[Foundation-l] Paid editing on en:wp ... the way it should be done

Robert Horning robert_horning at netzero.net
Tue Apr 10 17:02:09 UTC 2007

GerardM wrote:
> Hoi ,
> When you read what the student will be paid for, it will be the coordination
> of the effort to update Wikipedia by the linguists who are subscribed to the
> linguist list. So the plan is to have these individual people work on their
> subject. Linguistics.... Oh and please assume good faith ...
> I think it is absolutely great :)
> Thanks,
>      GerardM
> On 4/10/07, David Gerard <dgerard at gmail.com> wrote:
>> http://ultimategerardm.blogspot.com/2007/04/linguists-go-wikipedia.html
>> Now ... is this a useful thing the Foundation can work to actively
>> encourage? Sponsorship of a student to write LOTS AND LOTS on
>> Wikipedia, from a suitable sponsoring organisation?
>> - d.

I disagree with some of the scathing hatred that some people, especially 
on en.wikipedia, have toward getting paid for editing content on 
Wikimedia projects.  Sometimes it does go a little bit too far when a 
P.R. rep goes and polishes up an article that is clearly not NPOV, or 
adds information about each subsidiary and product as brand new 
articles, as well as articles about each member of their board of 
directors.  Perhaps that is useful, but it can strain the level of 
notability at times.

I do think that for some historical information, as long as it is done 
with the standard 5 pillars in mind and care is done as well, should not 
be discouraged as readily as it currently is right now.  I wouldn't 
advocate the WMF to directly pay for any content editing (WMF employees 
should do content development on their own time off the clock and for 
pleasure like the rest of us), but if a scholarly society or 
organization such as a museum or university wants to help "fill in the 
gaps" of Wikipedia with a student internship, what real harm is there?  
It would be a good way for somebody to polish up on their writing skills 
and do quite a bit of good on a number of neglected subjects.  Imagine 
the support that could come from an automobile museum that would help 
add details on historic automobiles and bring in some references from 
books they have in the private library of the curator or others there at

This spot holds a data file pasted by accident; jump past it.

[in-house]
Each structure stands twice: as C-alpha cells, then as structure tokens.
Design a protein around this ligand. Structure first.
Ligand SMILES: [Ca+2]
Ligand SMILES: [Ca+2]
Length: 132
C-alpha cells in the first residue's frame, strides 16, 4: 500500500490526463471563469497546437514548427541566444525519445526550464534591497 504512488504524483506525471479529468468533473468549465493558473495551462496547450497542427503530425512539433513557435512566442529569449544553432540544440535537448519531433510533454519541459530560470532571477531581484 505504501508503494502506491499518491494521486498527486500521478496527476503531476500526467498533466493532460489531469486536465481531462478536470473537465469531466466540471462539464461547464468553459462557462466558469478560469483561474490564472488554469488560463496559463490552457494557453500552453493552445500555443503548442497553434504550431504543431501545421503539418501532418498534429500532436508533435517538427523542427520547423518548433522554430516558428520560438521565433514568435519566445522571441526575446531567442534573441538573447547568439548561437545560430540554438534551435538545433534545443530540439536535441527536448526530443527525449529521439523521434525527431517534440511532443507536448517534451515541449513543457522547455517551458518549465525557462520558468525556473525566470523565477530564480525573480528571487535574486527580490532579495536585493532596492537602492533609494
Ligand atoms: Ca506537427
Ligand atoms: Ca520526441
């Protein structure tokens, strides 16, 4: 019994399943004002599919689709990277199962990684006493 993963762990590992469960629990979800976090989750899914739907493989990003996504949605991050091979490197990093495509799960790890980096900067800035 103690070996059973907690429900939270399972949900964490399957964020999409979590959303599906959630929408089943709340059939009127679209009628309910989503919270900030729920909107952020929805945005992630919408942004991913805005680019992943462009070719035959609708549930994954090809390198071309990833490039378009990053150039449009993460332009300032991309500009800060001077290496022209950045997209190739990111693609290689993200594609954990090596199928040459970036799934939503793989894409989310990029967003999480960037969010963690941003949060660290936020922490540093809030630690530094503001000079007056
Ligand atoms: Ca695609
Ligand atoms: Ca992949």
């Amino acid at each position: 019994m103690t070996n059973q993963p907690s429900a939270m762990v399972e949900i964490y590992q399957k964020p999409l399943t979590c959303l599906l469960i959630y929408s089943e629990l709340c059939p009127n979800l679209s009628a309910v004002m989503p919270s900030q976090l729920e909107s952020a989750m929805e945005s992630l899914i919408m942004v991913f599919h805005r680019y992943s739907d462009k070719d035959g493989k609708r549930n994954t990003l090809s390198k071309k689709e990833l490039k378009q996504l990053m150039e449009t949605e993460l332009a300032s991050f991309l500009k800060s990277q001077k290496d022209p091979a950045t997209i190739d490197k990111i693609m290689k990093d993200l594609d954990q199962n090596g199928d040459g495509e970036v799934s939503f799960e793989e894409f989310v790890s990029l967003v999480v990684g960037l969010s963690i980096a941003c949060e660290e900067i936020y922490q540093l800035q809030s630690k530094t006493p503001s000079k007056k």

the musuem.

Certainly it is wise to urge caution when this is done, and if somebody 
suggests they are getting paid even part-time to write content for 
Wikipedia or other Wikimedia projects, they should be very familiar with 
project policies before they start making huge changes, and they should 
respect the volunteer contributors as peers.

Related to this is a phenomena on Wikibooks where several books have 
been started as class projects under the direction of a university 
professor.  The student participation in these projects is not for 
money, but they do "earn" a grade and college credit.  That to me is 
nearly the same thing.  A good example of this can be found here:


Prior to their participation in this project, nearly all of the 
participants usually are completely unfamiliar with Wikimedia projects 
or even Wiki editing at all.  They are learning about the topic first 
hand, and some of the participants even reach out to some of the other 
content pages on Wikibooks as well, once they are involved.  This is a 
common enough situation that specific guidelines have been written to 
help instructors get the help they need on class projects like this:


This page is even referenced on the "Main Page" of Wikibooks, so it 
isn't too hard to find.  I would say if a project does create some paid 
editing guidelines, they should be something similar to this one about 
class projects and be of a generally encouraging tone but also warning 
about potential problems that may show up as well.

-- Robert Horning

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